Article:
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I am having the following issue, trying to set up the SSL certificate. When opening the root domain name example.com the browser shows the green sign and all is fine. However trying to open with www version www.example.com I see the following message

www.example.com uses an invalid security certificate.

The certificate is only valid for example.com

(Error code: ssl_error_bad_cert_domain)

From this message I am guessing that the SSL was issued for example.com only (please correct me if Im wrong), now except buying another certificate, that would include both versions, is there another way to avoid that warning, namely kind of to redirect all traffic to example.com before even "showing" to the browser the certificate ? So, when the user types https://www.example.com it would redirect to https://example.com, where the certificate is already valid.

I have this in my site file

<VirtualHost *:80>
        ServerName example.com
        ServerAlias www.example.com
        Redirect / https://example.com/

<VirtualHost *:443>
        ServerName example.com
        ServerAlias www.example.com
        DocumentRoot /home/username/www/example

        SSLEngine on
        SSLCertificateFile /etc/apache2/ssl/example.com.crt
        SSLCertificateKeyFile /etc/apache2/ssl/example.com.private.key
        SSLCertificateChainFile /etc/apache2/ssl/example.com.intermediate.crt

I tried to put a redirect condition inside VH, however it did not help.

RewriteCond %{HTTP_HOST} ^www.example.com
RewriteRule ^/(.*)$ https://example.com/$1 [L,R=301]

Apache 2.2.22, Debian 7.9


marked as duplicate by Jenny D, mdpc, Community Jan 4 '16 at 14:01

This question has been asked before and already has an answer. If those answers do not fully address your question, please ask a new question.

  • 2
    Have the certificate reissued. They should have added www.example.com to it to begin with. – Michael Hampton Jan 2 '16 at 21:40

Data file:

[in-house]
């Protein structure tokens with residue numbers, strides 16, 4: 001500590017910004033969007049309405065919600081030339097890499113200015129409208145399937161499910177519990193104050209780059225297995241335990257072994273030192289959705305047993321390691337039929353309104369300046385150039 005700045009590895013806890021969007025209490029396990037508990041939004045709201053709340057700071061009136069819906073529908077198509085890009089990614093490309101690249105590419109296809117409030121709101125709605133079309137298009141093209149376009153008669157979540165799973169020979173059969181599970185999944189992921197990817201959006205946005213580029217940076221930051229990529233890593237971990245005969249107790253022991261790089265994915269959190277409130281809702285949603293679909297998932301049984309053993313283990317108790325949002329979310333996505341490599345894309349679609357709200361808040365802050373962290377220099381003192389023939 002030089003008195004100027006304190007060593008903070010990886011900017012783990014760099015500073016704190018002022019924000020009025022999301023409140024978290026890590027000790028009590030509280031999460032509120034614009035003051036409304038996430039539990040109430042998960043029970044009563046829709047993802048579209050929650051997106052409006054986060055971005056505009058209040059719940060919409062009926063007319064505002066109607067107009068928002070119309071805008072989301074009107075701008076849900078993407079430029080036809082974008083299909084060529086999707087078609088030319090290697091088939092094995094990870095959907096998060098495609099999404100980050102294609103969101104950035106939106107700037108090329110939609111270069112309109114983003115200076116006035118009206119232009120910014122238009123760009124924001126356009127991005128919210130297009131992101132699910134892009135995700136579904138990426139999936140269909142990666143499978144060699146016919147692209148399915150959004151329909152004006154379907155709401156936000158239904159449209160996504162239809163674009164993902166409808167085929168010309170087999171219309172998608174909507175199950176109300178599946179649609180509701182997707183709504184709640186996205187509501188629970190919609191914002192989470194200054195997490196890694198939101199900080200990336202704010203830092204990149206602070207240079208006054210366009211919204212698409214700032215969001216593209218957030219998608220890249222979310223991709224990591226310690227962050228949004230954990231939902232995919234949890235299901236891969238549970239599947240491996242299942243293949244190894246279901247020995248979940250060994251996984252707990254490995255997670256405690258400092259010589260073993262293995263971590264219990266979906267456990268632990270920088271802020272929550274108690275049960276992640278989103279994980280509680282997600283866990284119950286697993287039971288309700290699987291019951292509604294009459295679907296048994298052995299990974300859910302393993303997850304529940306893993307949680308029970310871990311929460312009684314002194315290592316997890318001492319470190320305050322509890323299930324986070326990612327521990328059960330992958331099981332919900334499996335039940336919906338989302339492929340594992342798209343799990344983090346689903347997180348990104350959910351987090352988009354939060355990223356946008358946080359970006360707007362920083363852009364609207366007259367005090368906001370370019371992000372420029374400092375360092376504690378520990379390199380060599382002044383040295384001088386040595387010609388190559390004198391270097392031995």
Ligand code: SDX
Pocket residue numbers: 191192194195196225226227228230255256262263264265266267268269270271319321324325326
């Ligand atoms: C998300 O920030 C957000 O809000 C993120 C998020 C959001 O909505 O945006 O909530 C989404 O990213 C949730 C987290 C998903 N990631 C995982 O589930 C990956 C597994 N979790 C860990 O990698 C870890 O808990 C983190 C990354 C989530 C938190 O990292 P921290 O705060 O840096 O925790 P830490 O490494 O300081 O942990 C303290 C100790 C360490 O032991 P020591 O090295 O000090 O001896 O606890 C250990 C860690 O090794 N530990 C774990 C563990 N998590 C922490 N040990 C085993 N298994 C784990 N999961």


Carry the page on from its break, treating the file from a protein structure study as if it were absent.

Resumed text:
• If there were such a way, that would be a huge security hole. A person who punches https://www.domain.com/ into their browser should either get something that can prove it's www.domain.com or it should get a security error. they should definitely not get some other site without a warning. – David Schwartz Jan 2 '16 at 23:51

No. The TLS protocol (and its obsolete predecessor, SSL) validates the certificate according to the host part of the URL, in this case the complete domain name, before any data is transferred. This is by design, and fulfils several security requirements.

You should get a certificate (it's not called "an SSL") issued for both your domain names; the feature used to do this is called subjectAlternativeName or SAN. Sometimes you can also get a wildcard certificate that includes both *.example.com and example.com.


First off, most certificates should come with www already. I haven't heard of one that only is issued for the root domain. TLS actually checks the entire URL, not just the root domain, so a certificate for the root, without WWW, will be invalid if used on a WWW domain. Wildcard and EV certificates also exist, but those are much more expensive.

As to SSL certificates, have you considered using Let's Encrypt instead of buying the certificate outright? Let's Encrypt allows you to issue multiple certificates for any number of subdomains (up to 100) for free.

  • 1
    Hopefully nobody is issuing certificates for TLDs, since that refers to like com. – Falcon Momot Jan 2 '16 at 22:24

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